Liked by 1 person

  12. what a fascinating POV to use in a variation, loved the excerpt. quite the background for our author, Mark Brownlow. I can see how his background in various types of writing such as the “agony aunt” could help in writing multiple characters and personalities.

    denise

    Liked by 1 person

  13. Mary Preston

    Thank you for the fabulous guest post.

    Liked by 1 person

  14. Oh wow, you can truly can inspired by anything!! Good luck for your book, Mark.

    Liked by 1 person

  15. evamedmonds

    The excerpt was perfect! I must confess that I received the most pleasure about your statement that you stood next to Mr. Bennet but didn’t tell him that you were writing his journal! Thank you for the giveaway.

    Liked by 1 person

  16. Erika M Messer

    I am intrigued to find out what Mr Bennet was like as a young man before marriage and children and everything. I am going to venture a guess that he was a lot like Lizzie 🙂

    Liked by 1 person

  17. Really enjoyed the excerpt Mark!! What a great research trip to take, so curious as to the taste of those buns 😀

    Liked by 1 person

    • Mark Brownlow

      Thanks. One thing I’d like to do next time is try a Bath Bun at Sally Lunn’s bakery – the building dates back to the 15th century!

      Like

  18. What a sweet title. The book sounds very interesting, it’s rare to ever read from a pov that isn’t Elizabeth’s or Darcy’s, I’m intrigued.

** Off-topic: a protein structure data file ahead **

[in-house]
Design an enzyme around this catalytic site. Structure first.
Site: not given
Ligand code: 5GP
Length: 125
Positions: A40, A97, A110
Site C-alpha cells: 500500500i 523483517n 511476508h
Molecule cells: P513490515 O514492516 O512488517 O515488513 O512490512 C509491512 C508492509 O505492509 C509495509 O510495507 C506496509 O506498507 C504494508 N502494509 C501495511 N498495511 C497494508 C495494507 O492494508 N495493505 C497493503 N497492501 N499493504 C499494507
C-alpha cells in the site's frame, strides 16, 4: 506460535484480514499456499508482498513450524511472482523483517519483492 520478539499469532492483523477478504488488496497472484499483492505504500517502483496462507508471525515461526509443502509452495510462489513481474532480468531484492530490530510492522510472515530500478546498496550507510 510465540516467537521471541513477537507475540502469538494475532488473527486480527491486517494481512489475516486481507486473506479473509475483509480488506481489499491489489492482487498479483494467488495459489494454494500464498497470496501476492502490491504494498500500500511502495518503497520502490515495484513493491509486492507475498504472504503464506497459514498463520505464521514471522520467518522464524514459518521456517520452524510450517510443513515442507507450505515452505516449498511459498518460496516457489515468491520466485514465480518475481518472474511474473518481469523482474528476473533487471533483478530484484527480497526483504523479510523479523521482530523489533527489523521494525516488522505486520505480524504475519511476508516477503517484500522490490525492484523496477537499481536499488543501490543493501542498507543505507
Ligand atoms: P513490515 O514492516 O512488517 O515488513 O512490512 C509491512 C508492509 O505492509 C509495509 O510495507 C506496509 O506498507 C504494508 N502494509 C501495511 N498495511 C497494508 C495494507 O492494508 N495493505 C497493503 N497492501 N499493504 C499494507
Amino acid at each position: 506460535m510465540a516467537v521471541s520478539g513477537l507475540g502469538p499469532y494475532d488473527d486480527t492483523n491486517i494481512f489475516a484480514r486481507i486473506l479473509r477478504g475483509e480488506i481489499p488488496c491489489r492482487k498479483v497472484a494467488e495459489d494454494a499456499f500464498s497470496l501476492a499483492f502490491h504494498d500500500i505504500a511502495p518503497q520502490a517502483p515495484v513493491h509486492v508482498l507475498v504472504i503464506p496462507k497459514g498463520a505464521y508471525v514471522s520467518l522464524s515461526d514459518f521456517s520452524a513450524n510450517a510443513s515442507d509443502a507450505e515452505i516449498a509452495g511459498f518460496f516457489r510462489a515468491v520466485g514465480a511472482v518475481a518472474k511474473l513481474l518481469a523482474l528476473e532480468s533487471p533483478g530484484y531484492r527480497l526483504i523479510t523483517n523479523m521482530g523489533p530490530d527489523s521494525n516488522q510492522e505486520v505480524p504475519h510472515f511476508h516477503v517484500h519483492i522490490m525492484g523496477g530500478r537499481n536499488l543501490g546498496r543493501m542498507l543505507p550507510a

Liked by 1 person

  19. I am definitely interested in this story. The chocolates would not be turned down but the book is my first choice.

    Liked by 1 person

  20. arjanne

    Congrats! All the excerpts I’ve read are really funny! I would love to read the whole book 🙂

    Liked by 1 person

  21. Following this blog tour and looking forward to reading this unique POV. I am sure much will be amusing. Thanks for sharing.

    Liked by 1 person

  22. Leah Pruett

    Looking forward to seeing into Mr. Bennet’s thoughts! Thanks for the excerpt!

    Liked by 1 person

  23. John Smith

    I love the photos! Any glimpse of Bath and its great architecture is enjoyable!

    Liked by 1 person

  24. Pingback: Mr Bennet ON TOUR Feb/Mar 2018

  25. Pingback: Mr Bennet's diary and yet more delights

  26. A Bennet Street in Bath? It has not been highlighted on blogs and websites that I’ve read but then I’ve not travelled England. If I do, Bath and London will be on my list of places to visit.

    It’s a joy to read an excerpt from Cake & Courtship. Thank you for the chance to win the book or chocolate, Mark.

    Liked by 1 person

  27. Loren Dushku

    I would like to say my two cents about a male writer for an austenesque novel.
    Mr Brownlow is a male writer and, as I have read in one of his interview for this blog tour, he writes from the point of view of Mr Bennet because he feels himself nearer to this character. But nothing prevents him from writing from the point of view of a female character if he feel himself closer to her point of view. In my modest opinion this depends on the period of your life you are facing and from many others factors. For example, I read a book by a male author that wrote one of the best love scenes I have ever read from the point of view of Caroline Bingley!
    What do you think of this?

    Liked by 1 person

    • markbrownlow

      If I may jump in…I would agree that it’s down to the individual which POV they feel comfortable taking. And the reader will be the ultimate judge of whether the author did a good job or not!

      Like